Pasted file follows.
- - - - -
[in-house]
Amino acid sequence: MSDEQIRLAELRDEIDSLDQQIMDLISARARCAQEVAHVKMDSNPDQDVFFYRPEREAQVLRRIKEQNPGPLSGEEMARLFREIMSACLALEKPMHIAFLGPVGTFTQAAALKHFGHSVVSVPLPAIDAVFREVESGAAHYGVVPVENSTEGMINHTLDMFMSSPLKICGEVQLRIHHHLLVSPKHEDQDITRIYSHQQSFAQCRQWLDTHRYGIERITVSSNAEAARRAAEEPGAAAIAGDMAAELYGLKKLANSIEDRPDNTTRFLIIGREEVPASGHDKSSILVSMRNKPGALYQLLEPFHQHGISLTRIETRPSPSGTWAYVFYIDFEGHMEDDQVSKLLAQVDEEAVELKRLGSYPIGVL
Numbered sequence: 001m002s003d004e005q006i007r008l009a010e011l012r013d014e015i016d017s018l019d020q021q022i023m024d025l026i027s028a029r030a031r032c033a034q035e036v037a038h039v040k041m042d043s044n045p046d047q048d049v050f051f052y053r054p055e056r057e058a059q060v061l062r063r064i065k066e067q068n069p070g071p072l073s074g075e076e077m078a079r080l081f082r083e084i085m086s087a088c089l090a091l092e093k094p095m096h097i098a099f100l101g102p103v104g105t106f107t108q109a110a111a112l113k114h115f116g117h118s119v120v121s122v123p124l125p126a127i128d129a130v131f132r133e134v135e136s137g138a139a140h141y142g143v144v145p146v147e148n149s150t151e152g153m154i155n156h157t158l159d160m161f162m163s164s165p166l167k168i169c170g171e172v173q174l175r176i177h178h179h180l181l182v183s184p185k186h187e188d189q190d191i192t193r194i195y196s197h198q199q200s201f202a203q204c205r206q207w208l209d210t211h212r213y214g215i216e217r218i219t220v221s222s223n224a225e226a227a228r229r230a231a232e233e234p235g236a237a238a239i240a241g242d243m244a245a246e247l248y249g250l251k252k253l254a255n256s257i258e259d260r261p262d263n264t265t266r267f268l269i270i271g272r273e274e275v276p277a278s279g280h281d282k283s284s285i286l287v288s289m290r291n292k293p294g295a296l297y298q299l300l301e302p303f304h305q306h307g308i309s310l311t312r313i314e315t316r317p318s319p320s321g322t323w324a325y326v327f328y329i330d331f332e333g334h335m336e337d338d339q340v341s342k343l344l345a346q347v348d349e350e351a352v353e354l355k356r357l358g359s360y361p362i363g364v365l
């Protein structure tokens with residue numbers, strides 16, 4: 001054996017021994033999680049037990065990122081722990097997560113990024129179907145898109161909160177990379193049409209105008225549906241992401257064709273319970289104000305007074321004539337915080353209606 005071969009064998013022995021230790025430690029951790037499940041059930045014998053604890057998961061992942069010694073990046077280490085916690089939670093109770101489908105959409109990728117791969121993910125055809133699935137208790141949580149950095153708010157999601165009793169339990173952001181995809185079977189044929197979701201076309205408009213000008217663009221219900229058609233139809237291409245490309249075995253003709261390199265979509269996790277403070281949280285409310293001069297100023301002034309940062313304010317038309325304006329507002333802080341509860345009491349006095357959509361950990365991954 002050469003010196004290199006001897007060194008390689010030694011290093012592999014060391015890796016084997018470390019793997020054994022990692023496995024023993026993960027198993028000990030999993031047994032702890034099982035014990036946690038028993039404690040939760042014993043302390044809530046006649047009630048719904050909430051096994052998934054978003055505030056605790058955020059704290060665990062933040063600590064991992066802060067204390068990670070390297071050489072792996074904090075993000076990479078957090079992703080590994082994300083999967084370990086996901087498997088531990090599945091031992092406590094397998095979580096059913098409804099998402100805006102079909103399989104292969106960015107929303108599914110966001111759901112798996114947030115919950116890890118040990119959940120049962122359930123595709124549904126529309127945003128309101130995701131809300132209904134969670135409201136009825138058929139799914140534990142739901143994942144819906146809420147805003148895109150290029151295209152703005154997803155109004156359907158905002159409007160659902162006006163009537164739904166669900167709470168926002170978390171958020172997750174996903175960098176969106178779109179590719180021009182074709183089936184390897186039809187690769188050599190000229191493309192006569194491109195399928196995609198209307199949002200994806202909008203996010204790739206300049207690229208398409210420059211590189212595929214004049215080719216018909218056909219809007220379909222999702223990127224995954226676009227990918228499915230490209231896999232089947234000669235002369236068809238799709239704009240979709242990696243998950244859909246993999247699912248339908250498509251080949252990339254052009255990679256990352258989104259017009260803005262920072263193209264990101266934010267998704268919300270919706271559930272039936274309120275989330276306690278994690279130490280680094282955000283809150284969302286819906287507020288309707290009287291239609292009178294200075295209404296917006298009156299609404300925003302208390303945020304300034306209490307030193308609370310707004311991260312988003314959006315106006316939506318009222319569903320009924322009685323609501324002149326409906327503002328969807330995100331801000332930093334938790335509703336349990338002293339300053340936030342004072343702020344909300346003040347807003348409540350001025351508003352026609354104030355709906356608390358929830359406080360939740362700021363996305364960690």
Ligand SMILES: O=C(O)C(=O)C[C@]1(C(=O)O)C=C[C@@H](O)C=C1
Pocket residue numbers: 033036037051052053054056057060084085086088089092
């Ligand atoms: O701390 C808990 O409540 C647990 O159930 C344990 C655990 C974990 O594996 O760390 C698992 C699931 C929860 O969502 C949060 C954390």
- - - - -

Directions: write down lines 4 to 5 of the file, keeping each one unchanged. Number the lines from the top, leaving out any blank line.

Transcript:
């Protein structure tokens with residue numbers, strides 16, 4: 001054996017021994033999680049037990065990122081722990097997560113990024129179907145898109161909160177990379193049409209105008225549906241992401257064709273319970289104000305007074321004539337915080353209606 005071969009064998013022995021230790025430690029951790037499940041059930045014998053604890057998961061992942069010694073990046077280490085916690089939670093109770101489908105959409109990728117791969121993910125055809133699935137208790141949580149950095153708010157999601165009793169339990173952001181995809185079977189044929197979701201076309205408009213000008217663009221219900229058609233139809237291409245490309249075995253003709261390199265979509269996790277403070281949280285409310293001069297100023301002034309940062313304010317038309325304006329507002333802080341509860345009491349006095357959509361950990365991954 002050469003010196004290199006001897007060194008390689010030694011290093012592999014060391015890796016084997018470390019793997020054994022990692023496995024023993026993960027198993028000990030999993031047994032702890034099982035014990036946690038028993039404690040939760042014993043302390044809530046006649047009630048719904050909430051096994052998934054978003055505030056605790058955020059704290060665990062933040063600590064991992066802060067204390068990670070390297071050489072792996074904090075993000076990479078957090079992703080590994082994300083999967084370990086996901087498997088531990090599945091031992092406590094397998095979580096059913098409804099998402100805006102079909103399989104292969106960015107929303108599914110966001111759901112798996114947030115919950116890890118040990119959940120049962122359930123595709124549904126529309127945003128309101130995701131809300132209904134969670135409201136009825138058929139799914140534990142739901143994942144819906146809420147805003148895109150290029151295209152703005154997803155109004156359907158905002159409007160659902162006006163009537164739904166669900167709470168926002170978390171958020172997750174996903175960098176969106178779109179590719180021009182074709183089936184390897186039809187690769188050599190000229191493309192006569194491109195399928196995609198209307199949002200994806202909008203996010204790739206300049207690229208398409210420059211590189212595929214004049215080719216018909218056909219809007220379909222999702223990127224995954226676009227990918228499915230490209231896999232089947234000669235002369236068809238799709239704009240979709242990696243998950244859909246993999247699912248339908250498509251080949252990339254052009255990679256990352258989104259017009260803005262920072263193209264990101266934010267998704268919300270919706271559930272039936274309120275989330276306690278994690279130490280680094282955000283809150284969302286819906287507020288309707290009287291239609292009178294200075295209404296917006298009156299609404300925003302208390303945020304300034306209490307030193308609370310707004311991260312988003314959006315106006316939506318009222319569903320009924322009685323609501324002149326409906327503002328969807330995100331801000332930093334938790335509703336349990338002293339300053340936030342004072343702020344909300346003040347807003348409540350001025351508003352026609354104030355709906356608390358929830359406080360939740362700021363996305364960690």
Ligand SMILES: O=C(O)C(=O)C[C@]1(C(=O)O)C=C[C@@H](O)C=C1